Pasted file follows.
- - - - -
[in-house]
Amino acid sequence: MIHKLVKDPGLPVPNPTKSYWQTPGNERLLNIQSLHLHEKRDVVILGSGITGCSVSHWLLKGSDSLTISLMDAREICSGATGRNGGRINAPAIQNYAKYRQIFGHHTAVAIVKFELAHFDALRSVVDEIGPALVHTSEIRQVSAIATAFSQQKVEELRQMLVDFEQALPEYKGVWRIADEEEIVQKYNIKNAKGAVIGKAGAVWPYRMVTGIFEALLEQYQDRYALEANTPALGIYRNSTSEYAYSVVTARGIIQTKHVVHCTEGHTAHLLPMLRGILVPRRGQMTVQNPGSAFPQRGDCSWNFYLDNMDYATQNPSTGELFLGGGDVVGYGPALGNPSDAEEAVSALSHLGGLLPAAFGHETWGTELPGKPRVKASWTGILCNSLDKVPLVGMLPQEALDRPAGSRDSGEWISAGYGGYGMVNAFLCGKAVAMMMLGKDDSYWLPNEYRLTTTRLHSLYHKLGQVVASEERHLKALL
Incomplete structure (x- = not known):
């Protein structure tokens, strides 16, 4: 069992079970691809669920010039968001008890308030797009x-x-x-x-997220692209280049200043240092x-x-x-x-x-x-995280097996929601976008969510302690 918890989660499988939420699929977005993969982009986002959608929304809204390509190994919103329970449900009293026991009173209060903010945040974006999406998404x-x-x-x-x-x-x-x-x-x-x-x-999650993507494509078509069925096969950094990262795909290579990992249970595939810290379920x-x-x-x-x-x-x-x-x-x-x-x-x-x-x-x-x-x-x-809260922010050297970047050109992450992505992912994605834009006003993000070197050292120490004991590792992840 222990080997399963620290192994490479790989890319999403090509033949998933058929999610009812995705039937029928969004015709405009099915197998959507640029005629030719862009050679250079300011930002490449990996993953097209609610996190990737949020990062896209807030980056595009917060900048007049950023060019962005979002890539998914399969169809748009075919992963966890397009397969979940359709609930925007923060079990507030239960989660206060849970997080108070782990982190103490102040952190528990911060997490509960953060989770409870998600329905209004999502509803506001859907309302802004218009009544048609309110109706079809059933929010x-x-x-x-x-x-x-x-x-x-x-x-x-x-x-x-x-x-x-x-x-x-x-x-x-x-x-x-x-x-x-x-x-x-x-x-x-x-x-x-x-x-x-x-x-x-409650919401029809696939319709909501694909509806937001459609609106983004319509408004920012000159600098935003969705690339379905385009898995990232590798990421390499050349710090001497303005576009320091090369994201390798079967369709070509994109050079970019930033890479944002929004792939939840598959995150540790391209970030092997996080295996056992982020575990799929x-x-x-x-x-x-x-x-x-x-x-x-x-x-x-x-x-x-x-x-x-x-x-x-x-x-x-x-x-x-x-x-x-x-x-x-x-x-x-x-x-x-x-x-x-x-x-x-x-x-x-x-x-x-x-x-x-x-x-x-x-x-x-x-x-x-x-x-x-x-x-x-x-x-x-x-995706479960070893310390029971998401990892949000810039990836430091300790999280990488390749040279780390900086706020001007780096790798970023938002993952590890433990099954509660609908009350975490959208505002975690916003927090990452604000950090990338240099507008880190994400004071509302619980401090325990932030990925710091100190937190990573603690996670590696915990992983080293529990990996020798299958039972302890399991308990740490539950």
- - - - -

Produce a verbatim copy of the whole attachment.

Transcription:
[in-house]
Amino acid sequence: MIHKLVKDPGLPVPNPTKSYWQTPGNERLLNIQSLHLHEKRDVVILGSGITGCSVSHWLLKGSDSLTISLMDAREICSGATGRNGGRINAPAIQNYAKYRQIFGHHTAVAIVKFELAHFDALRSVVDEIGPALVHTSEIRQVSAIATAFSQQKVEELRQMLVDFEQALPEYKGVWRIADEEEIVQKYNIKNAKGAVIGKAGAVWPYRMVTGIFEALLEQYQDRYALEANTPALGIYRNSTSEYAYSVVTARGIIQTKHVVHCTEGHTAHLLPMLRGILVPRRGQMTVQNPGSAFPQRGDCSWNFYLDNMDYATQNPSTGELFLGGGDVVGYGPALGNPSDAEEAVSALSHLGGLLPAAFGHETWGTELPGKPRVKASWTGILCNSLDKVPLVGMLPQEALDRPAGSRDSGEWISAGYGGYGMVNAFLCGKAVAMMMLGKDDSYWLPNEYRLTTTRLHSLYHKLGQVVASEERHLKALL
Incomplete structure (x- = not known):
């Protein structure tokens, strides 16, 4: 069992079970691809669920010039968001008890308030797009x-x-x-x-997220692209280049200043240092x-x-x-x-x-x-995280097996929601976008969510302690 918890989660499988939420699929977005993969982009986002959608929304809204390509190994919103329970449900009293026991009173209060903010945040974006999406998404x-x-x-x-x-x-x-x-x-x-x-x-999650993507494509078509069925096969950094990262795909290579990992249970595939810290379920x-x-x-x-x-x-x-x-x-x-x-x-x-x-x-x-x-x-x-809260922010050297970047050109992450992505992912994605834009006003993000070197050292120490004991590792992840 222990080997399963620290192994490479790989890319999403090509033949998933058929999610009812995705039937029928969004015709405009099915197998959507640029005629030719862009050679250079300011930002490449990996993953097209609610996190990737949020990062896209807030980056595009917060900048007049950023060019962005979002890539998914399969169809748009075919992963966890397009397969979940359709609930925007923060079990507030239960989660206060849970997080108070782990982190103490102040952190528990911060997490509960953060989770409870998600329905209004999502509803506001859907309302802004218009009544048609309110109706079809059933929010x-x-x-x-x-x-x-x-x-x-x-x-x-x-x-x-x-x-x-x-x-x-x-x-x-x-x-x-x-x-x-x-x-x-x-x-x-x-x-x-x-x-x-x-x-x-409650919401029809696939319709909501694909509806937001459609609106983004319509408004920012000159600098935003969705690339379905385009898995990232590798990421390499050349710090001497303005576009320091090369994201390798079967369709070509994109050079970019930033890479944002929004792939939840598959995150540790391209970030092997996080295996056992982020575990799929x-x-x-x-x-x-x-x-x-x-x-x-x-x-x-x-x-x-x-x-x-x-x-x-x-x-x-x-x-x-x-x-x-x-x-x-x-x-x-x-x-x-x-x-x-x-x-x-x-x-x-x-x-x-x-x-x-x-x-x-x-x-x-x-x-x-x-x-x-x-x-x-x-x-x-x-995706479960070893310390029971998401990892949000810039990836430091300790999280990488390749040279780390900086706020001007780096790798970023938002993952590890433990099954509660609908009350975490959208505002975690916003927090990452604000950090990338240099507008880190994400004071509302619980401090325990932030990925710091100190937190990573603690996670590696915990992983080293529990990996020798299958039972302890399991308990740490539950």